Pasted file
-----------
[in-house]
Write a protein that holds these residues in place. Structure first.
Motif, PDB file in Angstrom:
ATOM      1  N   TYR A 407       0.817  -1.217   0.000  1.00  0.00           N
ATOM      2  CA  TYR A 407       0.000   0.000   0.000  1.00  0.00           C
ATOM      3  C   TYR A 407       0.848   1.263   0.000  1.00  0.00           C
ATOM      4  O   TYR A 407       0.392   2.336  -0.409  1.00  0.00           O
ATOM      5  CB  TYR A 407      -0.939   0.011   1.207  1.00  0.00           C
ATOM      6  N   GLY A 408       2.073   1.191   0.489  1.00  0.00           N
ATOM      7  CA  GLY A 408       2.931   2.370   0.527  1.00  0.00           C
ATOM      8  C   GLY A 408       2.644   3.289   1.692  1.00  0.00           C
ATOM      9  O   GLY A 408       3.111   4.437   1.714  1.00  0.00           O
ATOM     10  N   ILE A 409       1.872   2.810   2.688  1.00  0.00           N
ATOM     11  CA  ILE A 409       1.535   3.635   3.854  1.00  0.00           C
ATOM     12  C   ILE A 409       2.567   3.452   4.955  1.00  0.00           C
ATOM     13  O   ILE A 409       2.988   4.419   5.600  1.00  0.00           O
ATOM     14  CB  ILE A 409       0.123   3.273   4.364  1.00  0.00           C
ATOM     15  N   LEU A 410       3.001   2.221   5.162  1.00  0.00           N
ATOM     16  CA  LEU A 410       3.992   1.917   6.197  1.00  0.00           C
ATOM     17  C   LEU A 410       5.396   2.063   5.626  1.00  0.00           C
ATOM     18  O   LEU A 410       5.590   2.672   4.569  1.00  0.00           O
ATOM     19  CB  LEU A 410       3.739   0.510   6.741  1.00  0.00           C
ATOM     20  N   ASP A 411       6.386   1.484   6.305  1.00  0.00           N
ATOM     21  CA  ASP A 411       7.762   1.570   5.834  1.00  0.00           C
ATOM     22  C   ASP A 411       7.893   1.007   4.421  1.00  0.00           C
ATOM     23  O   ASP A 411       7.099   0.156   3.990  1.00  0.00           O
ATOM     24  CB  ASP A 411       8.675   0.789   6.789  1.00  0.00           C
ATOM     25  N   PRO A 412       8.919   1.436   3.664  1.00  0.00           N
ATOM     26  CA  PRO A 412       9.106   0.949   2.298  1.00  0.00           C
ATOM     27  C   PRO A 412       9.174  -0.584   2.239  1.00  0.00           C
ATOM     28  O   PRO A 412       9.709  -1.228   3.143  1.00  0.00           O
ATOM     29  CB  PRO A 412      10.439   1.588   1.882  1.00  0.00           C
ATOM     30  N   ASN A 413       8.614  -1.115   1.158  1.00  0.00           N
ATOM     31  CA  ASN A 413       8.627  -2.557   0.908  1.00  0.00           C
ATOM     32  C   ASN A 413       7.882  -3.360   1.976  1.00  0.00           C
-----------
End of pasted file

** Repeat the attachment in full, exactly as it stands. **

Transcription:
[in-house]
Write a protein that holds these residues in place. Structure first.
Motif, PDB file in Angstrom:
ATOM      1  N   TYR A 407       0.817  -1.217   0.000  1.00  0.00           N
ATOM      2  CA  TYR A 407       0.000   0.000   0.000  1.00  0.00           C
ATOM      3  C   TYR A 407       0.848   1.263   0.000  1.00  0.00           C
ATOM      4  O   TYR A 407       0.392   2.336  -0.409  1.00  0.00           O
ATOM      5  CB  TYR A 407      -0.939   0.011   1.207  1.00  0.00           C
ATOM      6  N   GLY A 408       2.073   1.191   0.489  1.00  0.00           N
ATOM      7  CA  GLY A 408       2.931   2.370   0.527  1.00  0.00           C
ATOM      8  C   GLY A 408       2.644   3.289   1.692  1.00  0.00           C
ATOM      9  O   GLY A 408       3.111   4.437   1.714  1.00  0.00           O
ATOM     10  N   ILE A 409       1.872   2.810   2.688  1.00  0.00           N
ATOM     11  CA  ILE A 409       1.535   3.635   3.854  1.00  0.00           C
ATOM     12  C   ILE A 409       2.567   3.452   4.955  1.00  0.00           C
ATOM     13  O   ILE A 409       2.988   4.419   5.600  1.00  0.00           O
ATOM     14  CB  ILE A 409       0.123   3.273   4.364  1.00  0.00           C
ATOM     15  N   LEU A 410       3.001   2.221   5.162  1.00  0.00           N
ATOM     16  CA  LEU A 410       3.992   1.917   6.197  1.00  0.00           C
ATOM     17  C   LEU A 410       5.396   2.063   5.626  1.00  0.00           C
ATOM     18  O   LEU A 410       5.590   2.672   4.569  1.00  0.00           O
ATOM     19  CB  LEU A 410       3.739   0.510   6.741  1.00  0.00           C
ATOM     20  N   ASP A 411       6.386   1.484   6.305  1.00  0.00           N
ATOM     21  CA  ASP A 411       7.762   1.570   5.834  1.00  0.00           C
ATOM     22  C   ASP A 411       7.893   1.007   4.421  1.00  0.00           C
ATOM     23  O   ASP A 411       7.099   0.156   3.990  1.00  0.00           O
ATOM     24  CB  ASP A 411       8.675   0.789   6.789  1.00  0.00           C
ATOM     25  N   PRO A 412       8.919   1.436   3.664  1.00  0.00           N
ATOM     26  CA  PRO A 412       9.106   0.949   2.298  1.00  0.00           C
ATOM     27  C   PRO A 412       9.174  -0.584   2.239  1.00  0.00           C
ATOM     28  O   PRO A 412       9.709  -1.228   3.143  1.00  0.00           O
ATOM     29  CB  PRO A 412      10.439   1.588   1.882  1.00  0.00           C
ATOM     30  N   ASN A 413       8.614  -1.115   1.158  1.00  0.00           N
ATOM     31  CA  ASN A 413       8.627  -2.557   0.908  1.00  0.00           C
ATOM     32  C   ASN A 413       7.882  -3.360   1.976  1.00  0.00           C